This already and not yet is really important. It’s how the kingdom works and how your salvation works. What’s true on a macro level is true on a micro level too. Your life is not a straight line with a clean break between old man and new man, or non-Christian and Christian. It doesn’t work like that–unconverted, selfish, prideful, boom, in Christ, now I’m completely holy. What happens is that you have your life outside of Christ then you are converted, regenerated, justified, adopted, all of that and now you are positionally in Christ. But who you in actuality is not yet that Christlike. Which is why New Testament ethics are based on who you are in Christ. Be who you are. Work out your salvation. Make your calling and election sure. In other words, grow into in reality who Christ has made you to be positionally.

Sunday, April 5, 2009

Skilful Use of Scalpels

From Why Johnny Can't Preach by T. David Gordon:

I believe the preaching in many churches is so poorly done that it is not, effectively, preaching...If the patients of a given hospital's surgeons continue to die, we could, I suppose, abandon the scalpel. We might also consider employing it more skillfully.

My this: Show me a church where the preaching is good, and the church is still moribund. I've never seen such a church. The moribund churches I've seen have been malpreached to death.

Hat Tip: DashHouse: "My challenge is this..."

Saturday, April 4, 2009

A Blogger's Prayer

Oh Lord...

This cyberspace world is so big
and my little blog voice is so small.

Help me to navigate this ocean with wisdom
and to speak into it with grace.

May my blogging words be seasoned and gracious
and never spoken in anger or haste.

May those who read my musings be blessed
and aided to see and know you more clearly.

This journey is long, a marathon not a sprint.
One to be run with patience and faithfulness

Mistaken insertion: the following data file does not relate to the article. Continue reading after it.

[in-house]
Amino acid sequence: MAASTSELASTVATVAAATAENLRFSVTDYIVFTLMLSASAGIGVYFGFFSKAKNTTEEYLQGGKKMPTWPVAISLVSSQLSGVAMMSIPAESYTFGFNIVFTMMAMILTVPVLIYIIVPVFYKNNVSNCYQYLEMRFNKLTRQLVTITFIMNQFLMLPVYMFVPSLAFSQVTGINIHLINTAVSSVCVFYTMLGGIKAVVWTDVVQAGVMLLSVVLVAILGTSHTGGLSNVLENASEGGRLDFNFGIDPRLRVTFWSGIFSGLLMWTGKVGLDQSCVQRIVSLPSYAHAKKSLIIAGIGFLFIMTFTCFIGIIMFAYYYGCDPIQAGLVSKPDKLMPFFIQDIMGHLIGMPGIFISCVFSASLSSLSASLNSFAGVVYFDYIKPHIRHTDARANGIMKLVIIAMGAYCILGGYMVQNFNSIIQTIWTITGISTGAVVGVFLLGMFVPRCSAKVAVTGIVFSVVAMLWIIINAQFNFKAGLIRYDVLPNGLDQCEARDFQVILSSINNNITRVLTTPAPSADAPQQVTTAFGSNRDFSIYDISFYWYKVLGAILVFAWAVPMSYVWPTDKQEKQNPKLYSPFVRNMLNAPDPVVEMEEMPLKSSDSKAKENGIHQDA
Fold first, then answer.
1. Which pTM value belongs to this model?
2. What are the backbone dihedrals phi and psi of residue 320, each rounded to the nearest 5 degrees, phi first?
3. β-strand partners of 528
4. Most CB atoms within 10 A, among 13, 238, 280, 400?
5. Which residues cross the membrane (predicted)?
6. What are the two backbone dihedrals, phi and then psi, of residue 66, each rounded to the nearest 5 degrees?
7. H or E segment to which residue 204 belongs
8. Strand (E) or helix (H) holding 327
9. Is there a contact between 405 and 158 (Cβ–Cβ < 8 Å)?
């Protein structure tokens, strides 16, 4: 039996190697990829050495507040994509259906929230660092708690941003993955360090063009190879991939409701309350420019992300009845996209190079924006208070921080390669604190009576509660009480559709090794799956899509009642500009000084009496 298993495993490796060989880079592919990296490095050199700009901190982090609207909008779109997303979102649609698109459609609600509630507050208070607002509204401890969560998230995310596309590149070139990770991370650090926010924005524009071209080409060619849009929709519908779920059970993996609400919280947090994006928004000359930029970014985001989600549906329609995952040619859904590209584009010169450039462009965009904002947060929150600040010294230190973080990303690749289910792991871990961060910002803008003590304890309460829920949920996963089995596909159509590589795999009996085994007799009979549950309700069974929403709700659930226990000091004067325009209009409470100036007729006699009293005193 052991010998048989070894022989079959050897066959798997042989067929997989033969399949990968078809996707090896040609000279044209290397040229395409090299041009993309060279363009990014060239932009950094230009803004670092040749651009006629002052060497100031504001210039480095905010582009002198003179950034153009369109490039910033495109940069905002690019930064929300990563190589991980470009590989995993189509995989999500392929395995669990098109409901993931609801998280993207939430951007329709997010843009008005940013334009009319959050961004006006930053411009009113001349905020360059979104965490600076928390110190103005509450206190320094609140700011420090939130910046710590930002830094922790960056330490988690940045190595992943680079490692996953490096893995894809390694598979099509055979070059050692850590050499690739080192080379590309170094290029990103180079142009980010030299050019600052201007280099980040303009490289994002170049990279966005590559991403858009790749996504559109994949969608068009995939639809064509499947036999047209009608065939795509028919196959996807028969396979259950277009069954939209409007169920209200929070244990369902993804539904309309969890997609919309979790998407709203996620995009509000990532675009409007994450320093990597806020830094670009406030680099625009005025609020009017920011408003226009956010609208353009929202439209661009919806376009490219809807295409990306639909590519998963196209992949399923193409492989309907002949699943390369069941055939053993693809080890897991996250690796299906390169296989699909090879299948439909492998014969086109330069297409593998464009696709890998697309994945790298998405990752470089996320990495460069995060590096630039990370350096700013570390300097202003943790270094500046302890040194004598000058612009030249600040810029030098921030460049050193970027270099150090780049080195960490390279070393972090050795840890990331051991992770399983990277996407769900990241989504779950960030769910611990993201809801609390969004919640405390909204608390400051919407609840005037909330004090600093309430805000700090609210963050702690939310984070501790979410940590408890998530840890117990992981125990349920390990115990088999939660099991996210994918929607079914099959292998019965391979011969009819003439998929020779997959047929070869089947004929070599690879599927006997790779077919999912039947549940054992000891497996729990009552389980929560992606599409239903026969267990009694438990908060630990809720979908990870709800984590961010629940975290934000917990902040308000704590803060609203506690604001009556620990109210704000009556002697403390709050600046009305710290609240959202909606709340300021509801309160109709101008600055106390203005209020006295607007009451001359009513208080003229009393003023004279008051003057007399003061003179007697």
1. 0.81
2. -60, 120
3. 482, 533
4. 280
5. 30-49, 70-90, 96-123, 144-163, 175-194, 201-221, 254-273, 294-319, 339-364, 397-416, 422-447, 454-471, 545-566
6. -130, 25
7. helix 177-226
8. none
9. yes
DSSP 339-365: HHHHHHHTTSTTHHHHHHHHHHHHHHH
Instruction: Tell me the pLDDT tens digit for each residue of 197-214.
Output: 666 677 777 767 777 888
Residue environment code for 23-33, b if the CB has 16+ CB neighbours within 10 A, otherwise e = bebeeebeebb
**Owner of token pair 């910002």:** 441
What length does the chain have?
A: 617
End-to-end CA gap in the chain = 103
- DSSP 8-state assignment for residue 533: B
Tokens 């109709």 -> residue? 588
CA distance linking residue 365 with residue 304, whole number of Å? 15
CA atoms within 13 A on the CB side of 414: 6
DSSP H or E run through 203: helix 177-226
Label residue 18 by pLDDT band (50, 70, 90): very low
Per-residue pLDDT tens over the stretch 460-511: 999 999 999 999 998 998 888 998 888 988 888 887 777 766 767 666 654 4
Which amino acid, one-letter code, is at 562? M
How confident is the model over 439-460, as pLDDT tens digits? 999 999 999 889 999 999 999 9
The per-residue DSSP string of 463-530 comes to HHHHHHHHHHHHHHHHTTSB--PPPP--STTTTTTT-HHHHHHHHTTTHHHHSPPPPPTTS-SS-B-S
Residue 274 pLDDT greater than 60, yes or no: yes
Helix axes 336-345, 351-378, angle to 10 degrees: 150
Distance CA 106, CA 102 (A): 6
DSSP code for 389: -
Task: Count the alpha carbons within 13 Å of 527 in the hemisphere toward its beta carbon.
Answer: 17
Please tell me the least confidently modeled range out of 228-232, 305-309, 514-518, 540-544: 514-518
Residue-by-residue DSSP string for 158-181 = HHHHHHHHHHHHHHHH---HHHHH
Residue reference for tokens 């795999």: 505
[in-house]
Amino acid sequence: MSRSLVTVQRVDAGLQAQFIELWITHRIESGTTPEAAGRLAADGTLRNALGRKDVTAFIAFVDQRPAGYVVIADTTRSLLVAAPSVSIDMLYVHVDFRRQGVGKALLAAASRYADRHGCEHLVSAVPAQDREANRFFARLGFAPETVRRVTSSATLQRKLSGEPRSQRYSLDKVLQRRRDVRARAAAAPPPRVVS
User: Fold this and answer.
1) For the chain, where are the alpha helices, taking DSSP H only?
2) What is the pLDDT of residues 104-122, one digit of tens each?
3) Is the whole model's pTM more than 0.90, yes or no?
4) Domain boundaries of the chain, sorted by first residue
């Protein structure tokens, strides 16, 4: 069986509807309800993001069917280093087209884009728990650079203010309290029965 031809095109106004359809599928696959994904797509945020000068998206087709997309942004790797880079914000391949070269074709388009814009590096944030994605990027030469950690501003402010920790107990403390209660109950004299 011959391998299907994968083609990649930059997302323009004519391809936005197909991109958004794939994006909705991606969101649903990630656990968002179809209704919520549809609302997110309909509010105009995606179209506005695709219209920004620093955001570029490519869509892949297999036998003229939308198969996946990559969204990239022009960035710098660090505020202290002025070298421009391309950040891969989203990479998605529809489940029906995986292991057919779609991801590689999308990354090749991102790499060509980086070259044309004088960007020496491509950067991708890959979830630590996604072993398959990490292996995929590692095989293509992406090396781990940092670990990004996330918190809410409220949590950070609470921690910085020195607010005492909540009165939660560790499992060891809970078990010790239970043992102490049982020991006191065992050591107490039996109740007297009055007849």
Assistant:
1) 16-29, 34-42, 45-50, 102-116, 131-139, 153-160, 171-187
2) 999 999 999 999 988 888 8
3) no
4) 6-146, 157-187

more than sprints of passion.

Help me so that when the race is over,
I can win the laurel wreath of a faithful runner

Amen - The Journeyman

Thursday, April 2, 2009

I Recommend ... The Jollyblogger

For several months I have been amazed at the high quality writing and blogging being done by David Wayne, aka the Jolly Blogger.

David is a Presbyterian pastor in Maryland. A few months ago he was diagnosed with an aggressive form of cancer. During his treatment and struggles with his health he has continued to blog with sensitivity, wisdom and deep insight into God's grace in suffering. I believe very firmly in healing, but also recognize that in the "now but not yet" of the Kingdom not everyone will be healed this side of Christ's return. And whether ultimately healed or not, there are lessons to be learned during times of suffering. As David has said: "God has done things through my cancer that nothing else ever has or could. " Recent reports are that he is doing better. I will continue to pray for his complete recovery.

I liked his blog before the cancer diagnoses, and highly recommend the Jollyblogger's site and writings to my readers.

(John Schroeder at Blogotional wrote a fine tribute to David Wayne at Blogotional: Best Blogging!)

"Twitter Church"

Yes, I know that the Tominthebox News Network is a spoof/satire website, However this story about a guy starting a church that meets only via "Twitter" - - Twitter Church - is funny because it seems almost believable. If you don't know what Twitter is click here.

Someone in the next few years will probably try this (God help us!), and it will probably be in California (are you listening, Duke?)!

Wednesday, April 1, 2009

Another Trip Around the Sun

One year ago today I started this blogging journey. It just happened by an accident of timing to be on April Fools Day, and I hope there was no cosmic significance to that date! Now, to borrow Jimmy Buffet's phrase, it has been another trip around the sun. This year has been a fun experience, sometimes irritating when I could not think of anything to say, but in general a fulfilling journey. I am especially glad for the new friends I have made along the way. And that's no April fool!

Here's a link to my first post where I stated what I hoped to accomplish as "The Journeyman." I'm not tired of it yet, and hope to get a few more trips around the sun before my time as a blogger comes to an end.

Thanks to my readers who have walked with me on this journey. I hope you will stay with me for another year - and get something helpful from reading my humble blog. God bless you all.

Renewing Every Dimension of Life with the Gospel

“The Christian life is a process of renewing every dimension of our lives —spiritual, psychological, corporate, social — by living out the ramifications of the gospel. The gospel is to be applied to every area of thinking, feeling, relating and behaving.”

- Timothy Keller, Paul’s Letter to the Galatians: Living in Line with the Gospel (Redeemer Presbyterian Church, 2003), 53.

Hat Tip: Of First Importance